But were the bombings really the work of Chechens? Veteran Russia watcher David Satter of the Hudson Institute argues that the bombings were so professionally carried out, with explosives made in only one factory in Russia, that they look like the work of the FSB–the successor of the KGB–which Putin headed until August. Journalists who questioned the official version found themselves under attack. Computer hackers destroyed an issue of Novaya Gazeta focusing on the subject a week before the election. Alexander Khinshtein of Moskovsky Komsomolets was summoned by police to take a psychiatric exam. Most notoriously, Andrei Babitsky of Radio Liberty was traded by Russian soldiers to a Chechen group in January and, when released in March, was attacked by Putin himself as disloyal. Critical treatment in the Media-Most group's newspaper Segodnya and the NTV television puppet-show satire, Kukly, has been followed by attacks charging that their owner, oligarch Vladimir Gusinsky, is a citizen of Israel and threatening that he will lose control of Media-Most. "There will be some redistribution of its property," said Gusinsky's rival Berezovsky in an interview in the Moscow Times just before the election. While Russian reporters tend to shrug off these events, American journalists here profess alarm at such intimidation and argue that a hostile takeover of NTV could significantly reduce the flow of information in a country where the few television networks sway public opinion.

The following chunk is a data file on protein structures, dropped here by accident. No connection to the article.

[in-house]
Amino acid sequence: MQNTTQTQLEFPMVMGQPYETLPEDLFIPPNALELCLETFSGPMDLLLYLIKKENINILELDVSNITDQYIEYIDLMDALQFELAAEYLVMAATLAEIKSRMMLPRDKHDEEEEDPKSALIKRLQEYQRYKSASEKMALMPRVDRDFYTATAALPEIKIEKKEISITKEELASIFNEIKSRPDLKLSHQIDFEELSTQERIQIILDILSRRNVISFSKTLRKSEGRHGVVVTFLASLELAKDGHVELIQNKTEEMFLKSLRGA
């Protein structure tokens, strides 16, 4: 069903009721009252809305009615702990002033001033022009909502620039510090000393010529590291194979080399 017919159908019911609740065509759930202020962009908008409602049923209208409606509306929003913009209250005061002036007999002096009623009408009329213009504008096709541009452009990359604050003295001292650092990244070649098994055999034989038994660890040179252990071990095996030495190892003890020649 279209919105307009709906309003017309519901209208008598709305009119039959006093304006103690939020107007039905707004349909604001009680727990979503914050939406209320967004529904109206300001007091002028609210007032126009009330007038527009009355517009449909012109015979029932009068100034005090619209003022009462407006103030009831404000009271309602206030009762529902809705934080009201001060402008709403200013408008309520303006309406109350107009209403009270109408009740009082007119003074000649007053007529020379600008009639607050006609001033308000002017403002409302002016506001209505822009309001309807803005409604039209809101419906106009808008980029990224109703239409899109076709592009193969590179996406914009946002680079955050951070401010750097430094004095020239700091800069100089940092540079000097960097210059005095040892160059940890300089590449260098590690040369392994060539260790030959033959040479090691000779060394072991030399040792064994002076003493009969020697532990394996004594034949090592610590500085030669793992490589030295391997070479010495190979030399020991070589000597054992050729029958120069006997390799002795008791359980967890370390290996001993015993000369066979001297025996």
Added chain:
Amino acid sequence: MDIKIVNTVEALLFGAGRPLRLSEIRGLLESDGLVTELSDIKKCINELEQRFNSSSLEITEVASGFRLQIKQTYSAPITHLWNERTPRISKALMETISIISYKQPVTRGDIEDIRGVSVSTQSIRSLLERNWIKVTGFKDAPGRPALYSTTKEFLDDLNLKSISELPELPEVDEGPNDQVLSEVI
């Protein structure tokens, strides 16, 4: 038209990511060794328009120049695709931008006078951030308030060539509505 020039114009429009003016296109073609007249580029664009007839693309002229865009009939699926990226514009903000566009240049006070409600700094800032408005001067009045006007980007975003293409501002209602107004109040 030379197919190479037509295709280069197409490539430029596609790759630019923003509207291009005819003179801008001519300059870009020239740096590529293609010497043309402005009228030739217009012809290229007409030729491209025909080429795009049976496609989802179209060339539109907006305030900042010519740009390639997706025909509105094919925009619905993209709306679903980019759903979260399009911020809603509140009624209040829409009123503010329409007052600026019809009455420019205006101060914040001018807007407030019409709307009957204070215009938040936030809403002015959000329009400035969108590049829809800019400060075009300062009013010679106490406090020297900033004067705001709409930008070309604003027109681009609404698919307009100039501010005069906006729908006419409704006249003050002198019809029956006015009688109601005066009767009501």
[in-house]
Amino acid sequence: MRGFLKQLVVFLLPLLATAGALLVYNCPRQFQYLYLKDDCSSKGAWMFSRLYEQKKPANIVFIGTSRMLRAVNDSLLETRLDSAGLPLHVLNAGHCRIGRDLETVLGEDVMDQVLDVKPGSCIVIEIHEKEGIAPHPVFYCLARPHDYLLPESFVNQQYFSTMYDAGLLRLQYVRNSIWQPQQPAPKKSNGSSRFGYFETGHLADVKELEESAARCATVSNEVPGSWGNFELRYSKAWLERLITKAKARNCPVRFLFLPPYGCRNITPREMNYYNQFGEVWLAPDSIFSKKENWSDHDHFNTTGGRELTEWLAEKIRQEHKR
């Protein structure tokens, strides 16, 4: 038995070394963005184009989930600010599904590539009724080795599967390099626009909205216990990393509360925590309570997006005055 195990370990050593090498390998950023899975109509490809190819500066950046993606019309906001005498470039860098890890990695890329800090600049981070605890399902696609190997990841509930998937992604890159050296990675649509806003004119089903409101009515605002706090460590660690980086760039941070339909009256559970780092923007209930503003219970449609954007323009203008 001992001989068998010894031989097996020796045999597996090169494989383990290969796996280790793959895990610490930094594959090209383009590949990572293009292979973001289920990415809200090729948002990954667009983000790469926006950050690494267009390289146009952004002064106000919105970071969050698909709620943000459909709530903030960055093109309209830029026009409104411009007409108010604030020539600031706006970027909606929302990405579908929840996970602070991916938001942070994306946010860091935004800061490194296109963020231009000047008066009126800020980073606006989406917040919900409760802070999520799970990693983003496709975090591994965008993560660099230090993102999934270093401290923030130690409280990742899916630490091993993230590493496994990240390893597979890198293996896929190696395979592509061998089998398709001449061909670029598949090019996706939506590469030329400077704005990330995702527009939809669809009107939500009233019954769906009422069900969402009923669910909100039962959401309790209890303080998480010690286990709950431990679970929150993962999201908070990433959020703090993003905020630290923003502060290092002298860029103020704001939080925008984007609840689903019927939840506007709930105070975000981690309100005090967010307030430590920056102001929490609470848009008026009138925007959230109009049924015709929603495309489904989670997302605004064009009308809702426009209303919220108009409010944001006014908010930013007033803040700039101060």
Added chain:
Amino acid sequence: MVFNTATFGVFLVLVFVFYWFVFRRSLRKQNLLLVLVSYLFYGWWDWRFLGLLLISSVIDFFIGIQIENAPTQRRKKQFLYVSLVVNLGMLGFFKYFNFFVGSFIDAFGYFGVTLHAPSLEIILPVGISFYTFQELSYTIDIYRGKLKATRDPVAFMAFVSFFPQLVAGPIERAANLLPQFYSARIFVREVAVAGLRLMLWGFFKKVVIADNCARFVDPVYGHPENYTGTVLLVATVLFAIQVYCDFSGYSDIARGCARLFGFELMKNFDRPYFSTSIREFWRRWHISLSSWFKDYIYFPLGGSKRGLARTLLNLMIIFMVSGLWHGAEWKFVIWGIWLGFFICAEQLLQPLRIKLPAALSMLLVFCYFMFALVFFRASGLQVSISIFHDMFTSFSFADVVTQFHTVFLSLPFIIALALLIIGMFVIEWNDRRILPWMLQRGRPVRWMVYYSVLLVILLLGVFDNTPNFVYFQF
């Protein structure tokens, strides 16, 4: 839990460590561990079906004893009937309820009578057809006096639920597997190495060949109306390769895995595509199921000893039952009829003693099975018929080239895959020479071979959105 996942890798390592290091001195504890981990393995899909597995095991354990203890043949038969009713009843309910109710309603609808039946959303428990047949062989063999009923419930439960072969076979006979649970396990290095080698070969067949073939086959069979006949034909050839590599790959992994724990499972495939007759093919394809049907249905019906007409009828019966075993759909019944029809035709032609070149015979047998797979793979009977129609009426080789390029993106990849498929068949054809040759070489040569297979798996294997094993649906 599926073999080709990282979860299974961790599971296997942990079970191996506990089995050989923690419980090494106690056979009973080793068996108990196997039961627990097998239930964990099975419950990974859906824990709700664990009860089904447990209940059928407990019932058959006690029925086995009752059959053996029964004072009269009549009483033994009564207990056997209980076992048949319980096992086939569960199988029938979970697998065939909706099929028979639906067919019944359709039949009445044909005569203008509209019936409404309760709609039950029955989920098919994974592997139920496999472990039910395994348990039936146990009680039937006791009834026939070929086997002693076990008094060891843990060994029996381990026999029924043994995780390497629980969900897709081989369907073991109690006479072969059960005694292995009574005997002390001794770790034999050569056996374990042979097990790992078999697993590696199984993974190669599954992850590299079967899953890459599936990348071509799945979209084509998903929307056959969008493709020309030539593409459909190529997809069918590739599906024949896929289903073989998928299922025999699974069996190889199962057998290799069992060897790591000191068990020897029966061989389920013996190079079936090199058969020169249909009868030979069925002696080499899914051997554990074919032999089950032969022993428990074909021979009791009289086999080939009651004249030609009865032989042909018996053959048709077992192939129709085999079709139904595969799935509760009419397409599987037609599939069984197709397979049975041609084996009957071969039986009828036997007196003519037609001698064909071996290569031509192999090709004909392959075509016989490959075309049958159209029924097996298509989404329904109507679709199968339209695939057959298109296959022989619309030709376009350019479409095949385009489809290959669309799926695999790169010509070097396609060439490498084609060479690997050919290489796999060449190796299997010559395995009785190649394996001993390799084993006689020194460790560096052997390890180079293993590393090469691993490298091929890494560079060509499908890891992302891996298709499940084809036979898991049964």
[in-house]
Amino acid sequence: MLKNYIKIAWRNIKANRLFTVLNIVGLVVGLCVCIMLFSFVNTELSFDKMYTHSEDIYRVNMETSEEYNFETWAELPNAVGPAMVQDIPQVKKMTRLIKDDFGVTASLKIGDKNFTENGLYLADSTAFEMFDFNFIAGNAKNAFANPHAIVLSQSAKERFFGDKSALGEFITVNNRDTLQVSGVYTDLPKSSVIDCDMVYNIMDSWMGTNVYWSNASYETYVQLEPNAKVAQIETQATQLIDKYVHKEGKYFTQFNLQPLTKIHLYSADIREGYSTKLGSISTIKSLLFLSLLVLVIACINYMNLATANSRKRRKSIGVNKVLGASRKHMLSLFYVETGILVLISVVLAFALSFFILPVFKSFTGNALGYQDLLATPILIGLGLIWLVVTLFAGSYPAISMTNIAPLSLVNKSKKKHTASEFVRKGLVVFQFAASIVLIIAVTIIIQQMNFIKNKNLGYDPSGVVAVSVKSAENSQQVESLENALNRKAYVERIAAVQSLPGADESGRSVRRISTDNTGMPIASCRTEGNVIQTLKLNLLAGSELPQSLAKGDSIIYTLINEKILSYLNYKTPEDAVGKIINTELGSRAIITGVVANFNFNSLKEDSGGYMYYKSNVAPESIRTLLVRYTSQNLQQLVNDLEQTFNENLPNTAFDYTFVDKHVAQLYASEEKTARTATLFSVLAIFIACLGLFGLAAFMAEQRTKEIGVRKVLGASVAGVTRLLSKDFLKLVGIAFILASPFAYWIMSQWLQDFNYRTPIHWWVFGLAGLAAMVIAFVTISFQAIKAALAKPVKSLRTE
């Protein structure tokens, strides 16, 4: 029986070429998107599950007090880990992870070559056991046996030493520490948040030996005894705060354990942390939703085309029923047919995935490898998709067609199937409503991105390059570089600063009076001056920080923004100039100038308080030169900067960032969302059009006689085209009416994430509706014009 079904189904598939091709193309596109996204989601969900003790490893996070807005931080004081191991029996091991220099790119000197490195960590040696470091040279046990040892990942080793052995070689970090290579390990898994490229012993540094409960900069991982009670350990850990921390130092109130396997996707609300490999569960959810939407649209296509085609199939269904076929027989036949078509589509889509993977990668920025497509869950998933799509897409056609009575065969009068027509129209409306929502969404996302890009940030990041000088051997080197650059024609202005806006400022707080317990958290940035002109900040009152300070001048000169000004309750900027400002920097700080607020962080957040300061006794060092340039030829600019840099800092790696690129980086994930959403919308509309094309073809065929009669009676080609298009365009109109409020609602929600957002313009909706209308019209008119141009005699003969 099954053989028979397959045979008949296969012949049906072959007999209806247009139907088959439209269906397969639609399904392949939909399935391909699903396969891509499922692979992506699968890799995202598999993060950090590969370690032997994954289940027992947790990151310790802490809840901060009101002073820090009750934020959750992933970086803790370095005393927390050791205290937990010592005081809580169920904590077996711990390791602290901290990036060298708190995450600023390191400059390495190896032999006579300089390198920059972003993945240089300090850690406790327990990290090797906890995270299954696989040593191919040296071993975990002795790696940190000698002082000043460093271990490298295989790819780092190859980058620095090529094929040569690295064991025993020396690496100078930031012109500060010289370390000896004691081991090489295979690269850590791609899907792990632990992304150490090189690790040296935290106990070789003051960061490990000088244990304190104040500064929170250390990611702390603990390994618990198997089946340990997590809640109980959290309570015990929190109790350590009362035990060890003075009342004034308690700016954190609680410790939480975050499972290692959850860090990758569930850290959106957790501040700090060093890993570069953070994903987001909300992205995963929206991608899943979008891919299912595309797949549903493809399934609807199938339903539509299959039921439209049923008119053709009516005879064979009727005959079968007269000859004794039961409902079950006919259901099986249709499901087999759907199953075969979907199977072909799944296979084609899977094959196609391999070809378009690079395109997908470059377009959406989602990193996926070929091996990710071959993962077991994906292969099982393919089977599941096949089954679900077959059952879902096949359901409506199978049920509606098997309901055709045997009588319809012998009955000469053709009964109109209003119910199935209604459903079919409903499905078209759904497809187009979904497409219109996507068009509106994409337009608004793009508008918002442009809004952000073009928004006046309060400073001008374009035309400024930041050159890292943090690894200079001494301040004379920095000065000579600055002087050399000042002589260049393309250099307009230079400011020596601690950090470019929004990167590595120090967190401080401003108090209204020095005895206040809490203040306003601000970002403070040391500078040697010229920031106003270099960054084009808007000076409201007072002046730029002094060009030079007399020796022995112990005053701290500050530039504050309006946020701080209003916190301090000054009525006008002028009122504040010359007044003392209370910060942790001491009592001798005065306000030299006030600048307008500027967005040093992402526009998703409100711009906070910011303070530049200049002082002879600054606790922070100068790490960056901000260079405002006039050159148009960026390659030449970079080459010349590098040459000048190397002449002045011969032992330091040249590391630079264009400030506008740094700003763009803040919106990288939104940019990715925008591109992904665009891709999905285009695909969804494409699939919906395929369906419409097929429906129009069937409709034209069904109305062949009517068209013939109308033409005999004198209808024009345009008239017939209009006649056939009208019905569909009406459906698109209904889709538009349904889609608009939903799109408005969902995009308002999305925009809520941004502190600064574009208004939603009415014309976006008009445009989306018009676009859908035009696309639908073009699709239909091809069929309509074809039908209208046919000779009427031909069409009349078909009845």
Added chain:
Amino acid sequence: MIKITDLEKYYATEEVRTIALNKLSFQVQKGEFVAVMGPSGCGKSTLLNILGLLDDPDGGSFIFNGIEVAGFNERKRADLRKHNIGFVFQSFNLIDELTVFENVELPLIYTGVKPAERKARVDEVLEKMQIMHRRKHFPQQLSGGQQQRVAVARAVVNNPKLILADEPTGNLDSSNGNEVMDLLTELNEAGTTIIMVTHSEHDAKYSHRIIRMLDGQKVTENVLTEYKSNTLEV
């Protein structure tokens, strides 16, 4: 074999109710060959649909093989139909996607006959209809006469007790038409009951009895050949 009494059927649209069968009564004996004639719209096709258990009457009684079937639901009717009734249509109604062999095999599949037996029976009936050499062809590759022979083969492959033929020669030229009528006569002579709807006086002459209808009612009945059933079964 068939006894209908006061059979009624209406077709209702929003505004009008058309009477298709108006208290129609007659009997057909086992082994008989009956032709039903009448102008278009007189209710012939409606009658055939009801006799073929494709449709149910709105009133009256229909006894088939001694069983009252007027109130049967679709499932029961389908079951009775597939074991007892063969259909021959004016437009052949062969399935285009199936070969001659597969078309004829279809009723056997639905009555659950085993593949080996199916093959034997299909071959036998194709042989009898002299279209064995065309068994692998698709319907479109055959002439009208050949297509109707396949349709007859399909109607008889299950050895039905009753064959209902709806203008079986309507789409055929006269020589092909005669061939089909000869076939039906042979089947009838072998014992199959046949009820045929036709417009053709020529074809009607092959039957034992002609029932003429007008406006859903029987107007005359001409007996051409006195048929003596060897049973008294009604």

Russians both pro- and anti-Putin suggest that he may be Russia's equivalent of former Chilean President Augusto Pinochet, who reduced corruption and revived the economy but at a considerable cost in civil liberties."The stronger the state, the stronger the individual," Putin has said, and Russia in some ways surely needs a stronger state. But against the backdrop of Russian history, the words have a certain chill.

JWR contributor Michael Barone is a columnist at U.S. News & World Report and the author of the biennialAlmanac of American Politics. Send your comments to him by clicking here.


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03/02/00: Will unions rule? Indispensable to Gore, labor may be the campaign's secret winner
02/15/00: A reformers' party
01/03/00: The voters rule: In Manchester, Mexico, and Moscow, an imperfect system works
01/19/00: The era of Big Promises
12/08/99: Welcome to the world of 'good enough'
11/2/99: Just saying no
11/12/99: Money talks, as it should
10/28/99: Mexico votes – for real
10/03/99: Going against type
09/28/99: The unions go public
08/31/99: China's strait flush
08/25/99: The first two contests
08/03/99: Paddling upstream
07/08/99: Taking Hillary seriously
06/22/99: Trying the lawyers
06/07/99: Facts on the ground

©2000, Michael Barone